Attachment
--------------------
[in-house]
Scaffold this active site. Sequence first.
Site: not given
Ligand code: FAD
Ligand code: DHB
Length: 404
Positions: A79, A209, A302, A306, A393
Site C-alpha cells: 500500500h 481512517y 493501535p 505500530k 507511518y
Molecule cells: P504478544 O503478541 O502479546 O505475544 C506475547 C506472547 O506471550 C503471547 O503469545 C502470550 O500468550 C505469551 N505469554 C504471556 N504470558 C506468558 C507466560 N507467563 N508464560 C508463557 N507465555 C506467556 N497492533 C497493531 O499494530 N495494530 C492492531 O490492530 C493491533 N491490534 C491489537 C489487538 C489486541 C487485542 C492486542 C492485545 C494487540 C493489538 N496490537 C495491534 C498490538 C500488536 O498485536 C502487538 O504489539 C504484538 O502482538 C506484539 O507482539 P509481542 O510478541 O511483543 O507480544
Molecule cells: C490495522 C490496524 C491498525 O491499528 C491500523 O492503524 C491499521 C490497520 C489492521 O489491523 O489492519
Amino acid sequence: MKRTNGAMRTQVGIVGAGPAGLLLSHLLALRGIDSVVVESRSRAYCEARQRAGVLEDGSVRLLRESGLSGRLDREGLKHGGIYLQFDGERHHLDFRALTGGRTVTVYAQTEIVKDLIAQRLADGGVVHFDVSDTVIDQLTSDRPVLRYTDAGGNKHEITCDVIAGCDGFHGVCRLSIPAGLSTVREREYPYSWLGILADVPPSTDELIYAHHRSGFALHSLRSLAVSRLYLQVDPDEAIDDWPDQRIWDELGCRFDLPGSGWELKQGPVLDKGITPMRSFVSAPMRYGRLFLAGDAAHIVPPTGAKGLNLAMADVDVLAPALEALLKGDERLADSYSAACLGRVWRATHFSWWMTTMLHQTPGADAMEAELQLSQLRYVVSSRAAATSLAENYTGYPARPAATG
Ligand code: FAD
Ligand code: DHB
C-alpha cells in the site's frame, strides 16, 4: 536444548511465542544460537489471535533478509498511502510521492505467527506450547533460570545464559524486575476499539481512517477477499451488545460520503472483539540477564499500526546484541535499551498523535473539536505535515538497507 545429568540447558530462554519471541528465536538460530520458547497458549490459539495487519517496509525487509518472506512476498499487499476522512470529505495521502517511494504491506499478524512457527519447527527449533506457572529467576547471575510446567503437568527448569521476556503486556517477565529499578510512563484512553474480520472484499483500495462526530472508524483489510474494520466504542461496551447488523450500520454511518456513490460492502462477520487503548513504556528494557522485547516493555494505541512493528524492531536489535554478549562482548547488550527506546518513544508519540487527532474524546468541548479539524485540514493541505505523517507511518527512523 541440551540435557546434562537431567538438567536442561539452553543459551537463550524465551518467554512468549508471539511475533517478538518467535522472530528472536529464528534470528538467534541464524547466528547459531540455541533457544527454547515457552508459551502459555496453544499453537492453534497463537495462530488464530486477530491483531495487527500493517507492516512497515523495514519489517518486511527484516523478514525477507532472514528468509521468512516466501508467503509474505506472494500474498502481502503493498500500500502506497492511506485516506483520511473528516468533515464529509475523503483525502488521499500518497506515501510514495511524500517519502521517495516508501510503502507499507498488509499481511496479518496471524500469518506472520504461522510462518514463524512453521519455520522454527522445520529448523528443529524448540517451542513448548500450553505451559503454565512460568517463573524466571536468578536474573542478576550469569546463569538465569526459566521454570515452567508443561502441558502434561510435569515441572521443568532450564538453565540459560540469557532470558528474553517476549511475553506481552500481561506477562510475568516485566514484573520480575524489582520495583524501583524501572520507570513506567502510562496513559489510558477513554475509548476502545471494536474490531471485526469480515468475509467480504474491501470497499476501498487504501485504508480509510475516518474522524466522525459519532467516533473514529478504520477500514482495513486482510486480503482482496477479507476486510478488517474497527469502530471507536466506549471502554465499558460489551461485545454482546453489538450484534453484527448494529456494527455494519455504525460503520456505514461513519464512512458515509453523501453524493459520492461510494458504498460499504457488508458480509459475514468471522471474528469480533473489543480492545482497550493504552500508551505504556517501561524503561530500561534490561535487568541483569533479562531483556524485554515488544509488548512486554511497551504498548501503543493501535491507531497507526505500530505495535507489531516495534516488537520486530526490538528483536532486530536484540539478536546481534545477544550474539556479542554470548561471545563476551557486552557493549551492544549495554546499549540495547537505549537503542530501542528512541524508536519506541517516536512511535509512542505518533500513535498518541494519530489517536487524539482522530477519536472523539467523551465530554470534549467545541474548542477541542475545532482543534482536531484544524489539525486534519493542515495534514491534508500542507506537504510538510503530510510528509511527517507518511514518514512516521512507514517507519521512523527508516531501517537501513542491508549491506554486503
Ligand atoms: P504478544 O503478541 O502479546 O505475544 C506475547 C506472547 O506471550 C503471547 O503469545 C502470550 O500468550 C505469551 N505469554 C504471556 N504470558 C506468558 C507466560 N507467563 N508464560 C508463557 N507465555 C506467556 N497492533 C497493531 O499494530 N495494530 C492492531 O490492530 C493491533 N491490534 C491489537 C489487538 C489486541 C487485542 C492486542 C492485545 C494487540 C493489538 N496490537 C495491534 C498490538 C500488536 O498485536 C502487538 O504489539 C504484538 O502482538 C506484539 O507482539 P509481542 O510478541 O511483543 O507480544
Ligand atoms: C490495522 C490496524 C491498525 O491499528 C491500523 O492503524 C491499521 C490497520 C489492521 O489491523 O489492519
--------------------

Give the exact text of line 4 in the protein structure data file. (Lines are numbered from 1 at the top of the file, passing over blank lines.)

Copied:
Ligand code: FAD